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Surprising trends in O’Fallon building permits

At the Aug. 8 City Council workshop, O’Fallon economic development director Patrick McKeehan, planning director David Woods, and St. Charles County community development director Mike Hurlbert briefed the council about five-year trends in building permits.

Overall, the trend in commercial building permits is down in the city and the county, and the trend in multi-family permits is up.

Hurlbert forecasted that population in the county will increase by 75,000 by 2030.  In general, he expects to see 3% growth in single-family residential building permits, and even higher growth in multi-family permits but noted that the county still needs more affordable housing. He summarized commercial building permits as declining from 59 [$500 million] in 2018 to just 11 [$50 million] through June 2019 and said something is going on. He noted that the county is looking at this.

Mayor Bill Hennessy asked “if the cost of land is a factor in the decline.” Hurlbert said it is. He clarified that St. Charles County used to have an advantage with lower cost land than St. Louis County, but that “no longer is the case because those land costs now are about equal.”

Council member Rose Mack [Ward 2] commented that she sees “Warren County and Lincoln County as O’Fallon’s and St. Charles County’s competition, due to their having lower cost land and less regulation cost.”

Hurlbert agreed and said that “62% of St. Charles County residents leave the county to go to work.”

Council member Dr. Jim Ottomeyer [Ward 4] added that “mall decline and online sales combine to reduce local retail,” presenting another problem for the county and local municipalities.

Council member Dale Kling [Ward 3] said he is just now seeing more demand for rental properties.

McKeehan put forth the need to preserve and protect O’Fallon’s remaining undeveloped land in the city as commercial property and to keep that zoning. He said the current pipeline for commercial development in the city is thin, with not much on the horizon, so his economic development department is focusing on Streets of Caledonia and similar properties where prepared sites can be ready quickly when a developer applies. He said the department is “getting leads” on a regular basis, but “don’t have any place to put them.”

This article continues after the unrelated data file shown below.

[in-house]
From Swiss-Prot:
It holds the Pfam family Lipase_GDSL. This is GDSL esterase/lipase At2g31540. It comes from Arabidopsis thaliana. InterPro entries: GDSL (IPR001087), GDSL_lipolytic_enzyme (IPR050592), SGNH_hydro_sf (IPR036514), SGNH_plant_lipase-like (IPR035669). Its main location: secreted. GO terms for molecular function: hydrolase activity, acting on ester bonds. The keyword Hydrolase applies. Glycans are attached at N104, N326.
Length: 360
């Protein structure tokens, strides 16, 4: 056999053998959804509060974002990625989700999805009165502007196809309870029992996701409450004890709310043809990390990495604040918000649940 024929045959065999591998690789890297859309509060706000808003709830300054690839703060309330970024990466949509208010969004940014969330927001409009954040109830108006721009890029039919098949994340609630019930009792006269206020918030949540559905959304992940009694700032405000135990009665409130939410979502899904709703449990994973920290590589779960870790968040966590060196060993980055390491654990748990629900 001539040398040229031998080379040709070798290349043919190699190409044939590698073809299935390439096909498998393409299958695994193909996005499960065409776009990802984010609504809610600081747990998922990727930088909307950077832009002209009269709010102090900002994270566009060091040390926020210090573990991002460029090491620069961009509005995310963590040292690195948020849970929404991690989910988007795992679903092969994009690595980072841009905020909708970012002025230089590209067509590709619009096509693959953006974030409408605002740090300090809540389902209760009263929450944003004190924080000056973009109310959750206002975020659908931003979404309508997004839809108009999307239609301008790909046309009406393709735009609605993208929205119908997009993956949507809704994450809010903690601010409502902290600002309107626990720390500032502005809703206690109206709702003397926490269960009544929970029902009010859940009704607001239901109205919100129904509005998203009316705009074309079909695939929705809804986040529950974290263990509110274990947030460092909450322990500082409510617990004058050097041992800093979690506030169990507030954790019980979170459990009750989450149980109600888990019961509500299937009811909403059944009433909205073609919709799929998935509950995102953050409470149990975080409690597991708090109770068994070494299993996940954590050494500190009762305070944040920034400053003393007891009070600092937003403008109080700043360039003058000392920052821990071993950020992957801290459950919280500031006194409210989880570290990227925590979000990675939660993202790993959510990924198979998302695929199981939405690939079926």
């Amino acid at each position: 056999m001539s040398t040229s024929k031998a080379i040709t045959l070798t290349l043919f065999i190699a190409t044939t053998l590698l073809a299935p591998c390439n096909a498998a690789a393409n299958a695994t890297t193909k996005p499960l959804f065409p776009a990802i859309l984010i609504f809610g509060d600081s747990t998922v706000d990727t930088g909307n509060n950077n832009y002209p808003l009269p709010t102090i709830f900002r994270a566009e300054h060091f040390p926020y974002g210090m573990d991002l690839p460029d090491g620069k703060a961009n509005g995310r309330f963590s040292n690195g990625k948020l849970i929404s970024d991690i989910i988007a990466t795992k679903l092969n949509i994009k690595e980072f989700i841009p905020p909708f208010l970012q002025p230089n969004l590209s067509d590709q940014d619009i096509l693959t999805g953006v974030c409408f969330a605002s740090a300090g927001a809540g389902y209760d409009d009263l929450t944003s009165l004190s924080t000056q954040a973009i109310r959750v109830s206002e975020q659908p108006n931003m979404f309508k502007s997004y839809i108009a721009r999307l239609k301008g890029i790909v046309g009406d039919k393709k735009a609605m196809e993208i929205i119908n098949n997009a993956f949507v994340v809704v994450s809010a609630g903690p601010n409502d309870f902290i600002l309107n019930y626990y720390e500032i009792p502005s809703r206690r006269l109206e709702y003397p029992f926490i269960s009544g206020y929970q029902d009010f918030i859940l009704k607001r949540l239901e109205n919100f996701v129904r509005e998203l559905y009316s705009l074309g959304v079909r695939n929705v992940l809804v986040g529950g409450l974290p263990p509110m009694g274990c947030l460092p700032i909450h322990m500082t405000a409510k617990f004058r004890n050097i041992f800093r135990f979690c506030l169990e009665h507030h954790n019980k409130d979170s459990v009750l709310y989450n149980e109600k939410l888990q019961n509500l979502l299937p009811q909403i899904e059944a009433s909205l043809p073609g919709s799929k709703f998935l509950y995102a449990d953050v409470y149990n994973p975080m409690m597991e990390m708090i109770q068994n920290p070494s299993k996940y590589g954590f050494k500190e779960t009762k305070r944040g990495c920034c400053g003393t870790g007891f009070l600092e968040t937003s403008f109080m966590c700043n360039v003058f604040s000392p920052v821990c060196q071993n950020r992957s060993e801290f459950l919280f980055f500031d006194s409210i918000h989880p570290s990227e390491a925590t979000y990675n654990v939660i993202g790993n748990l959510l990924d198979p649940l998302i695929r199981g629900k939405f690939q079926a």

McKeehan pointed out that St. Peters had 20 commercial developments in 2018 [mainly businesses moving from malls to a strip area north of I-70)] but that number is down to two so far in 2019. He added that Wentzville is about ready to bring 140,000 square feet of retail space online but that could be just moving businesses around as happened in St. Peters.  The threat, he cautioned, is that, with 140,000 square feet sitting available in Wentzville, businesses might find it easier to go there than find space in O’Fallon.

Wrapping up, McKeehan mentioned that interest in medical marijuana facilities is growing and that potential operators of cultivation sites, production facilities and dispensaries are contacting his department with increasing frequency. That includes interest in existing building locations and new construction. He said the city will need commercial land for those uses.

Woods then provided a handout with graphs depicting O’Fallon commercial building permits growing from four in 2015 to 20 in 2018, but down to just four again so far in 2019. He explained a bit of good news that commercial building permit cost is based on construction cost, so that while the number of permits is down so far in 2019, the cost of commercial construction is up from $28.7 million in 2018 to $47 million so far in 2019.

Woods also pointed out that while single-family detached home permits are projected to be about 300, the same as in 2018, single-family attached home permits are down to zero so far in 2019. Multi-family [apartment] permits are up from one in 2018 to 13 in 2019.

Woods commented that there currently is a lot of pressure to build multi-family residential on commercial land and suggested that the movement toward R-1 PUDs provides developers with more flexibility to mix the types of dwellings offered in O’Fallon.


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